Editor’s note: This market commentary is provided by the Dairy Division at FCStone in Chicago, Ill.

Class III and cheese futures rallied sharply Thursday, regaining as much as 75 cents on front-month Class III and over four cents for June cheese. This begs the question we’ve belabored with customers over the past 24 hours: Have Class III and Cheese futures turned the corner back to bullish or is this a bear bounce? While we believe that there are some longer-term fundamental issues (weather, demand, etc.) that will underpin our cheese market, the trading activity Thursday has earmarks of a trading “bear bounce” rather than a resumption of a bullish trend.  Bear bounces tend to be fast and furious, and they tend to follow sharp declines. Both of these characteristics have been met since Wednesday.  

But what about the vigorous bidding in spot cheese? Spot cheese is the less expensive alternative to futures, so value buying on both block and barrel cheese during the spot session here in the mid-$1.70’s makes a lot of sense to us. We can see this consideration of value by buyers in the narrowing of the spread to a mere 1.25 cents over the past few days under good trading volumes for both (24 loads of block and 17 loads of barrels have changed hands here in Chicago this week).  That said, we expect a continued two-sided trade to the spot market as we continue to hear of ample fresh block and barrel cheese in the country that we expect will make its way to the exchange.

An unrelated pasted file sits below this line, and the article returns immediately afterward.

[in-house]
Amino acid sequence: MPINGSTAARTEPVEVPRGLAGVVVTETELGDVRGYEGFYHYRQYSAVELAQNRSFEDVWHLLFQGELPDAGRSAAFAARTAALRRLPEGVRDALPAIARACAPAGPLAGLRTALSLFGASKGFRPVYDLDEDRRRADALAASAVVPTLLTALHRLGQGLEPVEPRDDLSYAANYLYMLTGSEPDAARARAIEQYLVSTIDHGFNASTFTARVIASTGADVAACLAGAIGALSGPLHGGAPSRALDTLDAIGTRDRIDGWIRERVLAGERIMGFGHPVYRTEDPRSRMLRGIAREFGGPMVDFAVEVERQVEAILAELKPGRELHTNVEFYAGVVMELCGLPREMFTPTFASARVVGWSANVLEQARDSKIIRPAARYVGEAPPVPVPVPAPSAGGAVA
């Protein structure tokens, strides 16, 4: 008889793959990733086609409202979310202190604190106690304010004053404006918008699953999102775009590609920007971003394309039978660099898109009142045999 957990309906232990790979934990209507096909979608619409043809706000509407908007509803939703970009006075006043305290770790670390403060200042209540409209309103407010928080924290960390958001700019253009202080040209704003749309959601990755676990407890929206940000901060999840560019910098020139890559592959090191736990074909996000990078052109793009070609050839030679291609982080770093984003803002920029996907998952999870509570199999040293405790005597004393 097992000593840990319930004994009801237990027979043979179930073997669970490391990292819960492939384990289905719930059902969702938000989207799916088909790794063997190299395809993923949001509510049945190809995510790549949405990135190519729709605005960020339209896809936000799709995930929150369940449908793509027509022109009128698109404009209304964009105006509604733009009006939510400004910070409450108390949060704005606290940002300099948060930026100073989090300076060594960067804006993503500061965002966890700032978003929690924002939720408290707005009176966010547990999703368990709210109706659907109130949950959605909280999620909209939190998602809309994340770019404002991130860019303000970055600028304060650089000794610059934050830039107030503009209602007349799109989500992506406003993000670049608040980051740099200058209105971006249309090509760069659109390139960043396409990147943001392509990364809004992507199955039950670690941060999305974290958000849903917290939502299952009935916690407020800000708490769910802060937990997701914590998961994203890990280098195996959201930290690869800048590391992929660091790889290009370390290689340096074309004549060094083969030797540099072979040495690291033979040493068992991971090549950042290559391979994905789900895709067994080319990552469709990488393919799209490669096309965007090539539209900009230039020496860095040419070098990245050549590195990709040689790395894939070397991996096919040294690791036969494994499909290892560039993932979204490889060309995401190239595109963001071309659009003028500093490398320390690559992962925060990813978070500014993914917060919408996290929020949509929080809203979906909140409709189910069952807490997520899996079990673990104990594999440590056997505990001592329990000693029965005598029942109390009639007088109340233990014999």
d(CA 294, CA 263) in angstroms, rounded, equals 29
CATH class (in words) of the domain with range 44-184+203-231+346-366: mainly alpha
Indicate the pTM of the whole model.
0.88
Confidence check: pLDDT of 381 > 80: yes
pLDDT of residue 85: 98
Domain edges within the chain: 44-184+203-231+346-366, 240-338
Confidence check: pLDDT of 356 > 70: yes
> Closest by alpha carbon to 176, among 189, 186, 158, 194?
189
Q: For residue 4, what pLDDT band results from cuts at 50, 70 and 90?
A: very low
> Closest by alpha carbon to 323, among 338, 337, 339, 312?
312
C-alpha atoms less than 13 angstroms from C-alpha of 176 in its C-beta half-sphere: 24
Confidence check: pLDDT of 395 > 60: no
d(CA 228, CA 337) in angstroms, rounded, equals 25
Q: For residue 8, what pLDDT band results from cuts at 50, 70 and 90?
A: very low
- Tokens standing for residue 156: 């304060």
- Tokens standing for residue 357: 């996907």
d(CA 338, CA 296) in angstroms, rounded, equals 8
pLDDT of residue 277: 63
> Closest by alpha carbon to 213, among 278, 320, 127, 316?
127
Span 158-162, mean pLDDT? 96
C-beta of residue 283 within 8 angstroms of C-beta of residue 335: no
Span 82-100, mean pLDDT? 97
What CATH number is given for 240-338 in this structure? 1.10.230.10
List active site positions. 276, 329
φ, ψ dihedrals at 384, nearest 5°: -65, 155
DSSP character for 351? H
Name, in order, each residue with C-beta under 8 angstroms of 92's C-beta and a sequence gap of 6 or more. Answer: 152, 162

Although Class III and cheese futures were slightly lower overnight, there may be some additional gains to futures early today. But we expect that the futures are encroaching on having over-bought this bounce and expect to see some futures selling headwinds in the immediate future ― today or early next week ― as the final hallmark of a bear bounce is its ability to fade nearly as fast as it begins. 

Spot session results:

Block cheese: $1.765 (up 1 cent)

Barrel cheese $1.7525 (up 2.25 cents)

Grade A NFDM: $1.68 (unchanged)

Butter: $1.60 (up 0.5 cent)

Corn fell Thursday as traders focused on above normal temperatures and little rain, which is allowing planters to roll with abandon in many areas of the Corn Belt. Corn traders have lost sight of tight old crop supplies in favor of weather, but not the bean traders. Tight old crop soybean supplies underpinned both soybeans and soybean meal Thursday. Both corn and soybeans are modestly higher this morning, and we expect a choppy trade into the weekend. 

This morning, we look for corn open 2 to 4 cents stronger and soybeans 5 to 10 higher.

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